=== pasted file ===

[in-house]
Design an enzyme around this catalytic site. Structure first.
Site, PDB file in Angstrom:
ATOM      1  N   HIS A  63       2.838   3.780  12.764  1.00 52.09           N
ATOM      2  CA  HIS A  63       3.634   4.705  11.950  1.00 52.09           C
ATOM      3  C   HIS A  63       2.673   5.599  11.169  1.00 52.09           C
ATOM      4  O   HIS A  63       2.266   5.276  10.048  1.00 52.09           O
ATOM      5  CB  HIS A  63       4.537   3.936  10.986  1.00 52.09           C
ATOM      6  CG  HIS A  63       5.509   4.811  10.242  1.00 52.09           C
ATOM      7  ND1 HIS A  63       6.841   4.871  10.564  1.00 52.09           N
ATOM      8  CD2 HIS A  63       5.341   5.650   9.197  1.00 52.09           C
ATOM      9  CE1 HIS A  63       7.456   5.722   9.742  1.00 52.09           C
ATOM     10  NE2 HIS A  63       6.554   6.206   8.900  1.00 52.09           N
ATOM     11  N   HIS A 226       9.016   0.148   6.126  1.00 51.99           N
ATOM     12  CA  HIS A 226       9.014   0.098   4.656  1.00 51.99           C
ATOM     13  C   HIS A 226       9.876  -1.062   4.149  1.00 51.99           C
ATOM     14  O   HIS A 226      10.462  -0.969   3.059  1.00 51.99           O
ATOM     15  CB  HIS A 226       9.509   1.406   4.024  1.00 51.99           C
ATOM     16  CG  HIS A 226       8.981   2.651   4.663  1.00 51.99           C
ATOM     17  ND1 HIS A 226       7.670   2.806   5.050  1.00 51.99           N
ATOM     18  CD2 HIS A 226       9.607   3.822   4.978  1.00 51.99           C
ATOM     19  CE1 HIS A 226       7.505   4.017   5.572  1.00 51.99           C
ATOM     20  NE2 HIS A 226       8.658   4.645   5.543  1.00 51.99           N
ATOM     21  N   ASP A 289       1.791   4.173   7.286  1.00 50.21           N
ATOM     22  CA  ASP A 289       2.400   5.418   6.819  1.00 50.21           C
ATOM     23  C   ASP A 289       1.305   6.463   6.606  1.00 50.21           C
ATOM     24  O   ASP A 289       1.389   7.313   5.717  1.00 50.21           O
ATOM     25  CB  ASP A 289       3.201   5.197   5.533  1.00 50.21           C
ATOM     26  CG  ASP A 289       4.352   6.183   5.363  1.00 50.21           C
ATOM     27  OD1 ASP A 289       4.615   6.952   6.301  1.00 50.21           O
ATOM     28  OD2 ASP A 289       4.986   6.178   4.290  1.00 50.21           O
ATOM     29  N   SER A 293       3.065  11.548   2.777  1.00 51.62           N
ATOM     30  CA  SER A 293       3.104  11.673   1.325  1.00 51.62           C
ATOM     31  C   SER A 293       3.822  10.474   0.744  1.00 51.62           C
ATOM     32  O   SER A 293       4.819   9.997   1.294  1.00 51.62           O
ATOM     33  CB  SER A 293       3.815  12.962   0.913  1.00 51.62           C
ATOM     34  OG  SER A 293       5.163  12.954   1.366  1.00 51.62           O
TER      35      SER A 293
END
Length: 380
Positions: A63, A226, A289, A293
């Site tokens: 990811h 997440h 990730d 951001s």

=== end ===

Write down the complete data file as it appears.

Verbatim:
[in-house]
Design an enzyme around this catalytic site. Structure first.
Site, PDB file in Angstrom:
ATOM      1  N   HIS A  63       2.838   3.780  12.764  1.00 52.09           N
ATOM      2  CA  HIS A  63       3.634   4.705  11.950  1.00 52.09           C
ATOM      3  C   HIS A  63       2.673   5.599  11.169  1.00 52.09           C
ATOM      4  O   HIS A  63       2.266   5.276  10.048  1.00 52.09           O
ATOM      5  CB  HIS A  63       4.537   3.936  10.986  1.00 52.09           C
ATOM      6  CG  HIS A  63       5.509   4.811  10.242  1.00 52.09           C
ATOM      7  ND1 HIS A  63       6.841   4.871  10.564  1.00 52.09           N
ATOM      8  CD2 HIS A  63       5.341   5.650   9.197  1.00 52.09           C
ATOM      9  CE1 HIS A  63       7.456   5.722   9.742  1.00 52.09           C
ATOM     10  NE2 HIS A  63       6.554   6.206   8.900  1.00 52.09           N
ATOM     11  N   HIS A 226       9.016   0.148   6.126  1.00 51.99           N
ATOM     12  CA  HIS A 226       9.014   0.098   4.656  1.00 51.99           C
ATOM     13  C   HIS A 226       9.876  -1.062   4.149  1.00 51.99           C
ATOM     14  O   HIS A 226      10.462  -0.969   3.059  1.00 51.99           O
ATOM     15  CB  HIS A 226       9.509   1.406   4.024  1.00 51.99           C
ATOM     16  CG  HIS A 226       8.981   2.651   4.663  1.00 51.99           C
ATOM     17  ND1 HIS A 226       7.670   2.806   5.050  1.00 51.99           N
ATOM     18  CD2 HIS A 226       9.607   3.822   4.978  1.00 51.99           C
ATOM     19  CE1 HIS A 226       7.505   4.017   5.572  1.00 51.99           C
ATOM     20  NE2 HIS A 226       8.658   4.645   5.543  1.00 51.99           N
ATOM     21  N   ASP A 289       1.791   4.173   7.286  1.00 50.21           N
ATOM     22  CA  ASP A 289       2.400   5.418   6.819  1.00 50.21           C
ATOM     23  C   ASP A 289       1.305   6.463   6.606  1.00 50.21           C
ATOM     24  O   ASP A 289       1.389   7.313   5.717  1.00 50.21           O
ATOM     25  CB  ASP A 289       3.201   5.197   5.533  1.00 50.21           C
ATOM     26  CG  ASP A 289       4.352   6.183   5.363  1.00 50.21           C
ATOM     27  OD1 ASP A 289       4.615   6.952   6.301  1.00 50.21           O
ATOM     28  OD2 ASP A 289       4.986   6.178   4.290  1.00 50.21           O
ATOM     29  N   SER A 293       3.065  11.548   2.777  1.00 51.62           N
ATOM     30  CA  SER A 293       3.104  11.673   1.325  1.00 51.62           C
ATOM     31  C   SER A 293       3.822  10.474   0.744  1.00 51.62           C
ATOM     32  O   SER A 293       4.819   9.997   1.294  1.00 51.62           O
ATOM     33  CB  SER A 293       3.815  12.962   0.913  1.00 51.62           C
ATOM     34  OG  SER A 293       5.163  12.954   1.366  1.00 51.62           O
TER      35      SER A 293
END
Length: 380
Positions: A63, A226, A289, A293
């Site tokens: 990811h 997440h 990730d 951001s």